The following information was obtained from different cyber security sources for notification to all parties concerned pursuant to the mandate of the Philippine National Police Anti-Cybercrime Group (PNP ACG).

The information provided was classified as “Restricted” pursuant to the PNP Regulation 200-012 on Document Security and Impact Rating as high based on PNP Information Communication Technology (ICT) Security Manual s.2010-01 p. 22 and p.129.


“Cerber” is an active kind of ransomware being spread via spam e-mails and currently has 5 versions.  The .DOCX file for Cerber arrives attached to an e-mail message and when the user opens the .DOCX, it shows a document with bad encoding and uses social engineering to convince the user to activate macros and subsequently auto-extracts the payload.

When Cerber was first introduced, it configures itself to start automatically when a user logs in to windows and execute as a screensaver when the computer is in idle mode.  This sets a task to execute itself once every minute.  In this phase, when the ransomware is executed, it shows a fake system alert and begins a restart process.  The displayed fake system alert will occur until the system is restarted.

Cerber’s encryption is unbreakable, so once your files are encrypted, there is nothing you can do to get them back. Even submitting to the attackers’ criminal demands for payment would not guarantee that your files will be decrypted, as there is nothing preventing them from just taking your money and running. Your best bet therefore is to stop Cerber from getting into your PC in the first place.

Having an up-to-date antivirus installed in your PC is your first line of defense. Good online safety practices can go a long way in keeping you and your data secure such as never opening suspicious e-mail attachments, even if you know and trust the sender. If it looks or feels off, do not risk it.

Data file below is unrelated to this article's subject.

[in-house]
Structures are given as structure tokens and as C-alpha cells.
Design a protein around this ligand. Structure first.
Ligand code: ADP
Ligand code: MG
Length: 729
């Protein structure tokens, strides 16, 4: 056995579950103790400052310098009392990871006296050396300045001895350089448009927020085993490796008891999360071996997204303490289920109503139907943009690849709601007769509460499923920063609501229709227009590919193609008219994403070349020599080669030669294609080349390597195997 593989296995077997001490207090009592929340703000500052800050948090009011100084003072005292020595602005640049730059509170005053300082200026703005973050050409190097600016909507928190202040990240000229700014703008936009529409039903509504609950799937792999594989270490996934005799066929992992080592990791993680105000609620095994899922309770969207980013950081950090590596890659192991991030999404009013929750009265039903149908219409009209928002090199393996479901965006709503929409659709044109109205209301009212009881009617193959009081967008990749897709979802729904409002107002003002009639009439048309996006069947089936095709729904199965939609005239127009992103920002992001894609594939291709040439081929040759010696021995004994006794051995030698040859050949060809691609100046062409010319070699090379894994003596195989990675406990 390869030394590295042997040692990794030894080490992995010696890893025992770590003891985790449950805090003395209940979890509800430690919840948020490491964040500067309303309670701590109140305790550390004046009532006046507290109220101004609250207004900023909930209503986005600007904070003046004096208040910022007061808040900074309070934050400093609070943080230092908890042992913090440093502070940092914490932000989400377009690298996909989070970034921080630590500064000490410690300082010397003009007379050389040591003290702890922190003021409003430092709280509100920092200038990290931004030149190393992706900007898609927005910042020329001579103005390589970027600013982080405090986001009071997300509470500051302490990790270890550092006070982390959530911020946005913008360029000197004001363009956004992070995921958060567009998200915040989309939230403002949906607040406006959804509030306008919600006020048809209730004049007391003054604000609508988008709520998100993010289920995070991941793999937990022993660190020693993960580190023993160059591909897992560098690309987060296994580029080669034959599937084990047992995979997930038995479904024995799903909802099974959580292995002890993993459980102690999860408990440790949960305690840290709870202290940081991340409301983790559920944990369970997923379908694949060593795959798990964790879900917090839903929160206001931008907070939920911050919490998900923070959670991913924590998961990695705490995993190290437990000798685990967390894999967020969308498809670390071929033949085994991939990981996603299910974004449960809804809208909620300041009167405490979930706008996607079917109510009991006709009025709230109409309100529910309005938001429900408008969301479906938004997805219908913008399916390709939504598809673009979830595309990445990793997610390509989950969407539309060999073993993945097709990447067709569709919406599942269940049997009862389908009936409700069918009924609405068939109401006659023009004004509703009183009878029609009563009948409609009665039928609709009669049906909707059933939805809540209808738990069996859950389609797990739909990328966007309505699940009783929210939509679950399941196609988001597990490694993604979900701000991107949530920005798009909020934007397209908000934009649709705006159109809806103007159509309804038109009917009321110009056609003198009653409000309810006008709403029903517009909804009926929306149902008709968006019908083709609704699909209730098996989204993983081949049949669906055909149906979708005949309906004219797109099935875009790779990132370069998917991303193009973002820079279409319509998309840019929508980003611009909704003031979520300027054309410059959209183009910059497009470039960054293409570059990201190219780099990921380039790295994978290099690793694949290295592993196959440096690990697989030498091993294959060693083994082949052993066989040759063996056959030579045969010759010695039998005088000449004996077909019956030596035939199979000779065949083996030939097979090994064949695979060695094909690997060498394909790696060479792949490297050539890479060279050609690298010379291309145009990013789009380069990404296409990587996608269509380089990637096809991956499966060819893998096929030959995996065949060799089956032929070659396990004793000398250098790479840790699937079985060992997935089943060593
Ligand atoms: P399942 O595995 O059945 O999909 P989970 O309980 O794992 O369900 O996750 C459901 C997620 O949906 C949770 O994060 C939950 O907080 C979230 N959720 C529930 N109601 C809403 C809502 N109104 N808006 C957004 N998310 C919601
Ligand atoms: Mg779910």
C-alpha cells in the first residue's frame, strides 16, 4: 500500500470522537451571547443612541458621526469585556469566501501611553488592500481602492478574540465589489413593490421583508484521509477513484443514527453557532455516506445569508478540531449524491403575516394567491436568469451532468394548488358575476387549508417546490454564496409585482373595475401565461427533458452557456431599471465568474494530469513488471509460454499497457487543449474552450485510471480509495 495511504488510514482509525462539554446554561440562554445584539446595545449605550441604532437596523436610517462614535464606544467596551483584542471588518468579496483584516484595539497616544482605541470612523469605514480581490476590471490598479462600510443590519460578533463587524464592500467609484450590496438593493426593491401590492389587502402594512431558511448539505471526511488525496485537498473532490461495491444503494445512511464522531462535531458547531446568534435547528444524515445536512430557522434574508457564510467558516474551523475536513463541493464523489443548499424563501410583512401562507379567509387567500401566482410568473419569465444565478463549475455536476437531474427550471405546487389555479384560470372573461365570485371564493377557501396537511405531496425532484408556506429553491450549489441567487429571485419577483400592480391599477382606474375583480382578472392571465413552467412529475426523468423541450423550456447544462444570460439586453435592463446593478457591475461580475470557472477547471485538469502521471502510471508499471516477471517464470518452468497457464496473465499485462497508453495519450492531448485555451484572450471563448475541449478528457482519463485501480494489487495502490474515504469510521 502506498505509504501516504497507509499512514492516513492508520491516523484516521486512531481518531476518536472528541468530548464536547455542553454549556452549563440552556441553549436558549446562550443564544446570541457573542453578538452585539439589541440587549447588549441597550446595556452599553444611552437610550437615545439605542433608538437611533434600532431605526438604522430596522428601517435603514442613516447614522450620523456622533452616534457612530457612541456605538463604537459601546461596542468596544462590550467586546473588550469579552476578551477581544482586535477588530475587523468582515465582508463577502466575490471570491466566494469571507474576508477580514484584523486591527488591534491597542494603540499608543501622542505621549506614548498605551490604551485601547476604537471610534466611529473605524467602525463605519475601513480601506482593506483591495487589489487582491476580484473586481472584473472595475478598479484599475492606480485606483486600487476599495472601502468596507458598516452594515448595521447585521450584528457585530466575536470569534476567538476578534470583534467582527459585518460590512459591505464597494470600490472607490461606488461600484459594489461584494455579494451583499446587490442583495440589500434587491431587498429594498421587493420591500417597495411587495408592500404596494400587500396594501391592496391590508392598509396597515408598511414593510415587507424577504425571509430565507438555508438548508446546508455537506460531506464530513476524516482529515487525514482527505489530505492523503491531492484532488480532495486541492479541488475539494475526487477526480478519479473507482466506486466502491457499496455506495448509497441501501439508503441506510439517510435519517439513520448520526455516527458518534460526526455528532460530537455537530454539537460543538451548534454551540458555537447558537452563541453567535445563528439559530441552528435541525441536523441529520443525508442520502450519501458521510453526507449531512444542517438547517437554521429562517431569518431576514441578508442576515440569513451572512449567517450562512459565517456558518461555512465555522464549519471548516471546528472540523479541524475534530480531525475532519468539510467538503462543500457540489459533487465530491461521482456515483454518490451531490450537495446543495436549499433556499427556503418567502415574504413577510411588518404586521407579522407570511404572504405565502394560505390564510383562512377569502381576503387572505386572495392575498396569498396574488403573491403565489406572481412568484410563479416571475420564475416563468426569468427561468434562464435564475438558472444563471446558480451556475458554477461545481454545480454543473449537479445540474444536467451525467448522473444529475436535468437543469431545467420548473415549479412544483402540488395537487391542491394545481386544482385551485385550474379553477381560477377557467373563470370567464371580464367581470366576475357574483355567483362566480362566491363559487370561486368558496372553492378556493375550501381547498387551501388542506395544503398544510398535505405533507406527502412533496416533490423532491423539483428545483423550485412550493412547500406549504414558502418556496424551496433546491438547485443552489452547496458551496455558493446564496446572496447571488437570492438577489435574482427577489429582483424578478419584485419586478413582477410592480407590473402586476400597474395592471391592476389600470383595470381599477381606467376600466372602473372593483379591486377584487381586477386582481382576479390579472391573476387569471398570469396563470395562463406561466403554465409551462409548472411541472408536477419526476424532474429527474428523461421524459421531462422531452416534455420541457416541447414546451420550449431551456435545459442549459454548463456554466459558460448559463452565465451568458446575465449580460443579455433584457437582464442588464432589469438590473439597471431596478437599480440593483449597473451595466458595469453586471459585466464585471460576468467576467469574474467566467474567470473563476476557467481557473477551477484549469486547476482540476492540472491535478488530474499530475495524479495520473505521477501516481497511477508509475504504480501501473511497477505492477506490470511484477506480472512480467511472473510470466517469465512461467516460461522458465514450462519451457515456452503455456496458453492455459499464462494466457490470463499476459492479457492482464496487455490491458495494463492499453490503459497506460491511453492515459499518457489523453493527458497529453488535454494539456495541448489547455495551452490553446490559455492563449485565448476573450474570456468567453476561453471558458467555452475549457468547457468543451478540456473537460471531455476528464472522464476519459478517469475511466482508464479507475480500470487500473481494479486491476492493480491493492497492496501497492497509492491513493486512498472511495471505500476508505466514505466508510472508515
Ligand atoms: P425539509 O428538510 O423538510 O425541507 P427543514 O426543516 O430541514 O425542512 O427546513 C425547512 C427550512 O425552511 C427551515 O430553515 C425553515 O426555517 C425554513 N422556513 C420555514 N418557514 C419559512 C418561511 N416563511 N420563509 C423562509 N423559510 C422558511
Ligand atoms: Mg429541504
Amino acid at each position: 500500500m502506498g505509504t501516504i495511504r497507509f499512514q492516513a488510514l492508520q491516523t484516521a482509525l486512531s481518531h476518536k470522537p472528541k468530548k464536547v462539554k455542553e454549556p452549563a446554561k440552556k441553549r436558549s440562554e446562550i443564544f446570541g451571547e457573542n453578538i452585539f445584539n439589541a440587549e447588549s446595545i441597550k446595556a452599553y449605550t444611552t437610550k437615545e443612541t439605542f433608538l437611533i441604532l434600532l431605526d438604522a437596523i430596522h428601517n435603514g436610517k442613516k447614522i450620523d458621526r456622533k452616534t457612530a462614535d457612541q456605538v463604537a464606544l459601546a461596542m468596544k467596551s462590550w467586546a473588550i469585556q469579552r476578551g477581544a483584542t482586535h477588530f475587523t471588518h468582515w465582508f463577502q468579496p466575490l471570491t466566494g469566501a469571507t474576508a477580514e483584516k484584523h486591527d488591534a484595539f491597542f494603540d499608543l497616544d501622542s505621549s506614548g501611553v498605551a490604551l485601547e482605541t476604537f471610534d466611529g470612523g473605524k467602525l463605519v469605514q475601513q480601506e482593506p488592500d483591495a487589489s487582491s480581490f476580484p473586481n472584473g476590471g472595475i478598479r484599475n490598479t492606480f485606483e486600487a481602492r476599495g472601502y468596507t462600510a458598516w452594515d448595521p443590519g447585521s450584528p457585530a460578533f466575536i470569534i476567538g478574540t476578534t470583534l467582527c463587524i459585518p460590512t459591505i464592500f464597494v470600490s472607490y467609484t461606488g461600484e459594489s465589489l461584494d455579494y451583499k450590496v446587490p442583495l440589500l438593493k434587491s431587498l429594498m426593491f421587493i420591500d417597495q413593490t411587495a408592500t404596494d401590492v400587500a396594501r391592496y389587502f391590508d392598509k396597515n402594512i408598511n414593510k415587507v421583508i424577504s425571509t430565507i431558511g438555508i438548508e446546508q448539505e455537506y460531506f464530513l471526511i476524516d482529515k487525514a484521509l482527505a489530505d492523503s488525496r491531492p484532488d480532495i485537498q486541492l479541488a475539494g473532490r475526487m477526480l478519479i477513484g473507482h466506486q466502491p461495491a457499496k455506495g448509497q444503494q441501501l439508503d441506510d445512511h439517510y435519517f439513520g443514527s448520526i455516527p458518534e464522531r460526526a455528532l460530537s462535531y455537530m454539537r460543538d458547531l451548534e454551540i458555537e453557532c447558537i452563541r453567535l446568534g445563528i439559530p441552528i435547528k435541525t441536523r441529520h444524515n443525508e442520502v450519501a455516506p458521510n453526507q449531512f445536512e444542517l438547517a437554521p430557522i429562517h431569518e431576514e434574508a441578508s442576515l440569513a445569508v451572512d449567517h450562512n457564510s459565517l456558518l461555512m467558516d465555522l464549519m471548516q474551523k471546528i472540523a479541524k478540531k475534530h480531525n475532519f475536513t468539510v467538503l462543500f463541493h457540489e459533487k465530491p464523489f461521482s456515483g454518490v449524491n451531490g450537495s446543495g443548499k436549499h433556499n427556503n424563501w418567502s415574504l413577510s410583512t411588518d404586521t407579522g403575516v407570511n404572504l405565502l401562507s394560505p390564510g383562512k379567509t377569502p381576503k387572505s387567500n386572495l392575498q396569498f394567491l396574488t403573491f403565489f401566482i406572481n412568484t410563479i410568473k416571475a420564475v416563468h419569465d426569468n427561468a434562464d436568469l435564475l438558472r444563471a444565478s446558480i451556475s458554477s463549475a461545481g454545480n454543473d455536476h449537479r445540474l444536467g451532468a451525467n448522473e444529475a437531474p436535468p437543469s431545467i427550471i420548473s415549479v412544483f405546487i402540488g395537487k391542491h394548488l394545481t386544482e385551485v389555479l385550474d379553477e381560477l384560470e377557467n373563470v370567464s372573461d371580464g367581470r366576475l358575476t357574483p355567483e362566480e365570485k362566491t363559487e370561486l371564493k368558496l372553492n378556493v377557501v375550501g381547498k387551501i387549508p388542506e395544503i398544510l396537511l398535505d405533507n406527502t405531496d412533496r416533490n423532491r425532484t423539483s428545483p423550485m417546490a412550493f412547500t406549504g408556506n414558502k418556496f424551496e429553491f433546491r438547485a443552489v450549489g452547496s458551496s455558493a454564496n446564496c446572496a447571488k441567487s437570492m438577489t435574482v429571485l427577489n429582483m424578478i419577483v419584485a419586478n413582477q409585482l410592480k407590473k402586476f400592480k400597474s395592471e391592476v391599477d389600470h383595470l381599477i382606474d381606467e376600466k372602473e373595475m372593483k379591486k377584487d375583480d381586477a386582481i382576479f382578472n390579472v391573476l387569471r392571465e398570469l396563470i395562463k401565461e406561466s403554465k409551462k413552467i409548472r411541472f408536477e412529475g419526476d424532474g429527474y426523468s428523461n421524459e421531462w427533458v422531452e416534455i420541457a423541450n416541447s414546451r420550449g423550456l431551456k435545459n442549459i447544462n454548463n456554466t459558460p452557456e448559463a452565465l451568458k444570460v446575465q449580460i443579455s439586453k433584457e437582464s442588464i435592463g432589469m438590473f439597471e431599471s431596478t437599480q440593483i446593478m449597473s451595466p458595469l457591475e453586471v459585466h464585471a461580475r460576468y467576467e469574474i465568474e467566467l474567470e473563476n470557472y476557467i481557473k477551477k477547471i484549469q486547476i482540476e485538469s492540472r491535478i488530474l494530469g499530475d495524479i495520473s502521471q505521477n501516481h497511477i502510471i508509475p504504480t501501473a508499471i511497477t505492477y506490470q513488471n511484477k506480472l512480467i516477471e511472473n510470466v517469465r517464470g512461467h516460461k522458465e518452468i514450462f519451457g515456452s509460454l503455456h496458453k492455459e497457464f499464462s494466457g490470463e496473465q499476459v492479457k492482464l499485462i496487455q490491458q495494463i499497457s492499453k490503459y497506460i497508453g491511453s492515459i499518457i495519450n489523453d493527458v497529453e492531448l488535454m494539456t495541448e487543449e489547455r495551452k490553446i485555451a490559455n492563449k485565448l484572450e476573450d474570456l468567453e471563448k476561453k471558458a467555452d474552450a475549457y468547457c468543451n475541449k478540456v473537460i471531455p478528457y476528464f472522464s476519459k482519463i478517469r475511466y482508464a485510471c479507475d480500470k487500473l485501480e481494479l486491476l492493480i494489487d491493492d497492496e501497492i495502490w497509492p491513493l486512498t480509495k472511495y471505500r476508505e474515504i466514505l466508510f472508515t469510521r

Cerber is just one of the many strands of ransomware out there, and ransomware itself is only one of many kinds of malware that can harm your PC, your data, and your security online.

At present, Cerber is no longer creating an auto start but instead, it cleans itself without leaving executable files behind.  Before Cerber encrypts any files, it will first stop some .exe processes so that it can encrypt associated files.


            All PNP personnel as well as the public are advised to follow the tips in order not to prevent Cerber ransomware from infecting their devices and computer systems, to wit:

  • Always run updated anti-virus on your computers;
  • Always update your software with the latest patch available;
  • Always choose ‘Show hidden file-extension;
  • Say NO to unknown links and avoid downloading attachments from unrecognized sources; and
  • Always back up your data on an external device.

For additional information, please refer to the following websites:



            Please contact PCINSP ANGELICA STARLIGHT L. RIVERA, Chief, Personnel Records Management Section thru e-mail address This email address is being protected from spambots. You need JavaScript enabled to view it. or contact us on telephone number (632) 7230401 local 3562 for any inquiries related to this CYBER SECURITY BULLETIN.